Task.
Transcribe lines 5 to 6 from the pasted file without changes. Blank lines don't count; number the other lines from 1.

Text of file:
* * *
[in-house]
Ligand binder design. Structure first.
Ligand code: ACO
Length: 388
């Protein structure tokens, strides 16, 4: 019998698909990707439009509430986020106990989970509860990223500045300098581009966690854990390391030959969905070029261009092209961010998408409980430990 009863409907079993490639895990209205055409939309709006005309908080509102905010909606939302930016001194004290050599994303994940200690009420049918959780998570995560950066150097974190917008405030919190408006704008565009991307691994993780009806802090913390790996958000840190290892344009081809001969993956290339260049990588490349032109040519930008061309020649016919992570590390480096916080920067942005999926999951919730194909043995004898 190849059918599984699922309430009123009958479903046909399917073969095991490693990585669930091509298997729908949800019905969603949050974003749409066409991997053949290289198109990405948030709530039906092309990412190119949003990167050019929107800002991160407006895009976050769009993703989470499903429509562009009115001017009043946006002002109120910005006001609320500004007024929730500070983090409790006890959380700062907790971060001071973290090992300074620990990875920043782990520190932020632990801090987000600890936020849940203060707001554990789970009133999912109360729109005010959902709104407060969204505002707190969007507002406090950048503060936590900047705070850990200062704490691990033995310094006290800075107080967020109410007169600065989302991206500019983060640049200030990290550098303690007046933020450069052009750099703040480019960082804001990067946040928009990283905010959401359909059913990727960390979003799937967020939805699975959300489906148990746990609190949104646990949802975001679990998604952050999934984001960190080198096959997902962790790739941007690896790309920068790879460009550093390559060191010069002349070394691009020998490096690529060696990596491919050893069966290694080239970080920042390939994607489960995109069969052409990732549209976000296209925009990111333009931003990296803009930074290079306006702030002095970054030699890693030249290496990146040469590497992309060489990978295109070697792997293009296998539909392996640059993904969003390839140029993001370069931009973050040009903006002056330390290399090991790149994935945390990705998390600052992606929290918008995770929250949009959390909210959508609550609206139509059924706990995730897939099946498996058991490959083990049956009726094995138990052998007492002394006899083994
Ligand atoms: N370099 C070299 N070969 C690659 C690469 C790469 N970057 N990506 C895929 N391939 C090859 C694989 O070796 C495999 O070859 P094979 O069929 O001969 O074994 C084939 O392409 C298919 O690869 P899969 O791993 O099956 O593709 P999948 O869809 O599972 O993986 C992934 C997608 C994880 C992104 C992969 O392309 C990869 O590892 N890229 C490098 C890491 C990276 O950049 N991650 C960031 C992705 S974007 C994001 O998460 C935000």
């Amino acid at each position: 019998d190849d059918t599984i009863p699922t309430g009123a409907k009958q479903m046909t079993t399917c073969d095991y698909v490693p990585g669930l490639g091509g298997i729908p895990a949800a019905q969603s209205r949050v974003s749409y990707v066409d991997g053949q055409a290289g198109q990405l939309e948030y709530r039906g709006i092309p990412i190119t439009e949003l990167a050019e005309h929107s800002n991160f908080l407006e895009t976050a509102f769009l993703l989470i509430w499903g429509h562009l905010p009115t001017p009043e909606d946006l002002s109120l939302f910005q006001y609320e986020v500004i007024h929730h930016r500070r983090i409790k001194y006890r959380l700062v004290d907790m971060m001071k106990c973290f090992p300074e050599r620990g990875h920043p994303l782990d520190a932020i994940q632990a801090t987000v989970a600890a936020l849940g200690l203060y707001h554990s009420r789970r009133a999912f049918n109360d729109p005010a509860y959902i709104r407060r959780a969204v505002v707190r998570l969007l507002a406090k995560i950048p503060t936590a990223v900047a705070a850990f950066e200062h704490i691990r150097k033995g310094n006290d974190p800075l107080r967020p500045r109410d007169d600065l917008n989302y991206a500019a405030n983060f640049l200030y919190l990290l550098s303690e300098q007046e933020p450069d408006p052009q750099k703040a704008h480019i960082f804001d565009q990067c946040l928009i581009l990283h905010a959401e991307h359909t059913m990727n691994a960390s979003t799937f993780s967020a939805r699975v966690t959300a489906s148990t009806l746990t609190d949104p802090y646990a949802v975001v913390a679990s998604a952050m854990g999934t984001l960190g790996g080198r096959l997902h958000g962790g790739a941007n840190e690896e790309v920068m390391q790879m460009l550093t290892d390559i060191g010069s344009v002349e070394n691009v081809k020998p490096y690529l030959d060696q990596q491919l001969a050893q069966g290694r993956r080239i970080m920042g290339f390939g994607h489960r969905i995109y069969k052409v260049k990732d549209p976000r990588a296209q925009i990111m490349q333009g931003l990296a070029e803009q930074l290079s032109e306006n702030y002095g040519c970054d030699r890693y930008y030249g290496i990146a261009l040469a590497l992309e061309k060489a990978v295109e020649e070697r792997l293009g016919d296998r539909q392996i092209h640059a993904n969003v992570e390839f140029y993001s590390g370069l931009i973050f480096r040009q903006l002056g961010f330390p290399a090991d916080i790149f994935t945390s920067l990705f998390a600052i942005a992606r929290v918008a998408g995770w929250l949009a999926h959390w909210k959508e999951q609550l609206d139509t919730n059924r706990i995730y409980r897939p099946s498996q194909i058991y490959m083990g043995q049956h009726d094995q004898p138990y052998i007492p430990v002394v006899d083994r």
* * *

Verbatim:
């Protein structure tokens, strides 16, 4: 019998698909990707439009509430986020106990989970509860990223500045300098581009966690854990390391030959969905070029261009092209961010998408409980430990 009863409907079993490639895990209205055409939309709006005309908080509102905010909606939302930016001194004290050599994303994940200690009420049918959780998570995560950066150097974190917008405030919190408006704008565009991307691994993780009806802090913390790996958000840190290892344009081809001969993956290339260049990588490349032109040519930008061309020649016919992570590390480096916080920067942005999926999951919730194909043995004898 190849059918599984699922309430009123009958479903046909399917073969095991490693990585669930091509298997729908949800019905969603949050974003749409066409991997053949290289198109990405948030709530039906092309990412190119949003990167050019929107800002991160407006895009976050769009993703989470499903429509562009009115001017009043946006002002109120910005006001609320500004007024929730500070983090409790006890959380700062907790971060001071973290090992300074620990990875920043782990520190932020632990801090987000600890936020849940203060707001554990789970009133999912109360729109005010959902709104407060969204505002707190969007507002406090950048503060936590900047705070850990200062704490691990033995310094006290800075107080967020109410007169600065989302991206500019983060640049200030990290550098303690007046933020450069052009750099703040480019960082804001990067946040928009990283905010959401359909059913990727960390979003799937967020939805699975959300489906148990746990609190949104646990949802975001679990998604952050999934984001960190080198096959997902962790790739941007690896790309920068790879460009550093390559060191010069002349070394691009020998490096690529060696990596491919050893069966290694080239970080920042390939994607489960995109069969052409990732549209976000296209925009990111333009931003990296803009930074290079306006702030002095970054030699890693030249290496990146040469590497992309060489990978295109070697792997293009296998539909392996640059993904969003390839140029993001370069931009973050040009903006002056330390290399090991790149994935945390990705998390600052992606929290918008995770929250949009959390909210959508609550609206139509059924706990995730897939099946498996058991490959083990049956009726094995138990052998007492002394006899083994
Ligand atoms: N370099 C070299 N070969 C690659 C690469 C790469 N970057 N990506 C895929 N391939 C090859 C694989 O070796 C495999 O070859 P094979 O069929 O001969 O074994 C084939 O392409 C298919 O690869 P899969 O791993 O099956 O593709 P999948 O869809 O599972 O993986 C992934 C997608 C994880 C992104 C992969 O392309 C990869 O590892 N890229 C490098 C890491 C990276 O950049 N991650 C960031 C992705 S974007 C994001 O998460 C935000």